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US exhibit highlights cherubs and other French delights

(China Daily) Updated: 2017-05-29 08:24

WASHINGTON - When Napoleon's elder brother Joseph Bonaparte was forced into exile, he brought to the United States a collection of lavish rococo and neoclassical paintings that earned enduring fascination.

Among the works Bonaparte left behind when he returned to France in 1839 was Noel Nicolas Coypel's The Abduction of Europa (1726-1727), a period indulgence, complete with fleshy nudes, cherubs and a white bull basking in golden sunlight.

Bonaparte would show off this monumental work to visitors at his sprawling Point Breeze estate in New Jersey at a time when so much nudity still had the power to seriously offend.

In a perhaps oddly humoristic touch, the bull - the mythological god Jupiter, who transformed himself into the earthly creature to abduct the nymph Europa - is presented tongue out and eyes half-closed in delight.

US exhibit highlights cherubs and other French delights

Thomas Jefferson, too, helped fuel interest with his earnest appreciation of works he saw at the Paris Salon, especially what he called "superb" paintings by Jacques Louis David.

These and other stories of the collectors, dealers and art lovers behind the huge trove of 18th century French paintings spread across the US are the focus of an exhibition that opened Sunday and runs through August 20 at the National Gallery of Art in Washington.

This first-ever look at the US' love affair with 18th century French painting strays from the beaten path by showing a great variety of works from this period in an unusual grouping that prominently features women artists and even one of the first known mixed-race painters in the Western canon, Guillaume Lethiere.

The show also reflects the elevated status US institutions have given to French women painters of the era, one that is notably diminished in their native country.

Royal ties revered

In entering a room dedicated to more playful and fanciful expression, painted in the pastel blue once associated with theater, Marie Antoinette's court painter Joseph Ducreux admonishes the viewer to keep quiet, his index finger pressed firmly against his lips in his little known self-portrait Le Discret (circa 1791).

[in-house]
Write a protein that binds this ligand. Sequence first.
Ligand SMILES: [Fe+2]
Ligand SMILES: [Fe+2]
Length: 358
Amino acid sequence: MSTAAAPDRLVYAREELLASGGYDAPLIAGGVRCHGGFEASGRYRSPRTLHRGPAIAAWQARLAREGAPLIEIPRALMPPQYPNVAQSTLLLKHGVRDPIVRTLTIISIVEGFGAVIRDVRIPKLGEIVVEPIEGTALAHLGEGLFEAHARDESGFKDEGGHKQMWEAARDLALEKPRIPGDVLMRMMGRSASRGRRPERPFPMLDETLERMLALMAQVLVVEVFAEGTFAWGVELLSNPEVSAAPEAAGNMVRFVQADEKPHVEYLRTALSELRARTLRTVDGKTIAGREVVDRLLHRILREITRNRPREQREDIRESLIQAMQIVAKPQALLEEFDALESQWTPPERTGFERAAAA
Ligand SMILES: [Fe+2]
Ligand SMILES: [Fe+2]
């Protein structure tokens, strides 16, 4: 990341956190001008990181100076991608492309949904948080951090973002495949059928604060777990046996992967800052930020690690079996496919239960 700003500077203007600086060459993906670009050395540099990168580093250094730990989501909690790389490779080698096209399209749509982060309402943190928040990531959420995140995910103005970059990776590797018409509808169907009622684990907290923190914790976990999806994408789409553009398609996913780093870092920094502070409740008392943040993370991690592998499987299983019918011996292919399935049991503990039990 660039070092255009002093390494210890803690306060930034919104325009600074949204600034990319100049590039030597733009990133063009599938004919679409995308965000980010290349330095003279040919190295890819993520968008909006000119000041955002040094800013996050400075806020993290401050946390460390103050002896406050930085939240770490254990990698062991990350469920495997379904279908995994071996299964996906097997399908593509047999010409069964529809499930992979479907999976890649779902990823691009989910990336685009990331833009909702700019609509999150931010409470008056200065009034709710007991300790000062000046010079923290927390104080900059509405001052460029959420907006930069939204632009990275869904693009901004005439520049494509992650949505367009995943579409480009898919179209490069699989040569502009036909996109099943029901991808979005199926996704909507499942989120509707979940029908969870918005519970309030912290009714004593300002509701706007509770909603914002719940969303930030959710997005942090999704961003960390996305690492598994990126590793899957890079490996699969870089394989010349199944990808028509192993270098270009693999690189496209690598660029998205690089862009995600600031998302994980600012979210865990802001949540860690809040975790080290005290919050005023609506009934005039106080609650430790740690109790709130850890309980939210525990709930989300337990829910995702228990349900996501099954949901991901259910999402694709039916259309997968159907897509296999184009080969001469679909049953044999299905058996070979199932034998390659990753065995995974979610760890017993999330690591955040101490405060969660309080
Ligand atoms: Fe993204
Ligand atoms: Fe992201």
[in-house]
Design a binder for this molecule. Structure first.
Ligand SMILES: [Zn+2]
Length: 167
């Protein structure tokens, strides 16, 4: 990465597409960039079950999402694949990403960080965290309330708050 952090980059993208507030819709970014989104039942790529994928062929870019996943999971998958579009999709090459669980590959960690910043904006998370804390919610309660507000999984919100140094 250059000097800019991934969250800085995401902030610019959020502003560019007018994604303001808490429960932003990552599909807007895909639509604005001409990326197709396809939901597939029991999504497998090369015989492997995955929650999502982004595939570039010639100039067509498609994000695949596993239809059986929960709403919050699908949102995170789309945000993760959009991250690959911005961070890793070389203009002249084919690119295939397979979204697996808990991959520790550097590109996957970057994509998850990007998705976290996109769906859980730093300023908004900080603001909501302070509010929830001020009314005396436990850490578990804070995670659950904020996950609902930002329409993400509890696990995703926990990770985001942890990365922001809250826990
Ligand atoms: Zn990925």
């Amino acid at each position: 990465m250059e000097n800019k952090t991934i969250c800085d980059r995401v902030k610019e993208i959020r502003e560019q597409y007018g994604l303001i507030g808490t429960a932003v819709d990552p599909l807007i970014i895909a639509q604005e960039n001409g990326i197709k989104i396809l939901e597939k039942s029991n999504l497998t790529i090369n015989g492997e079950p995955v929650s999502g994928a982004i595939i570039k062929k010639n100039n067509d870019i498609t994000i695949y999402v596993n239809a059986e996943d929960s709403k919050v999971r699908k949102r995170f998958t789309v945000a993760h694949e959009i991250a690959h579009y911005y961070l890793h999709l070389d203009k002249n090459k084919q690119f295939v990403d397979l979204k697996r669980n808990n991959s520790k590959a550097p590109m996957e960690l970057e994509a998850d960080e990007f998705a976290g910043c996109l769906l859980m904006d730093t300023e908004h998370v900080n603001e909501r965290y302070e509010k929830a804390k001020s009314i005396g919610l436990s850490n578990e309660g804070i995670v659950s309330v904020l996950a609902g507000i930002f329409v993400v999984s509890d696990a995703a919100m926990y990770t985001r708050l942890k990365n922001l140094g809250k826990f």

Or could he have committed some grave transgression and is anxiously demanding you keep his secret? Ducreux leaves you guessing.

"We tend to have a perception of these works of art as relatively heavy or serious or purely decorative," says assistant curator Yuriko Jackall.

"So being able to present them as sometimes ironic or mocking, hopefully shows a new aspect."

The period during which many of the works shown here came into American hands was one in which US collectors were especially keen on acquiring objects with royal connections - ties that collectors played up, be they real or imagined.

At a sale in 1905, the Self-Portrait with a Harp (1791) by Ducreux's daughter Rose Adelaide Ducreux was incorrectly presented as a work by Elisabeth Vigee Lebrun, then revered for her role as Marie Antoinette's portrait painter.

It was also a time when entire rooms were shipped across the Atlantic - from a "Marie Antoinette Boudoir" transplanted to the Deacon House in Boston with its ceiling of Fragonard cherubs to Alva Vanderbilt's Louis XV-style white and gold New York salon featuring Francois Boucher tapestries.

In one of the more fascinating discoveries made during the five years of preparations for the National Gallery's show, Jackall and a team of researchers found that one of the museum's most beloved paintings, Fragonard's Young Girl Reading (circa 1770), was in fact painted over a long-lost composition.

Near-infrared and X-ray technology helped reveal a painting of a woman with a feathered headdress gazing directly at the viewer. It had previously belonged to a series of 18 known as Fragonard's "fantasy figures."

Agence France-Presse

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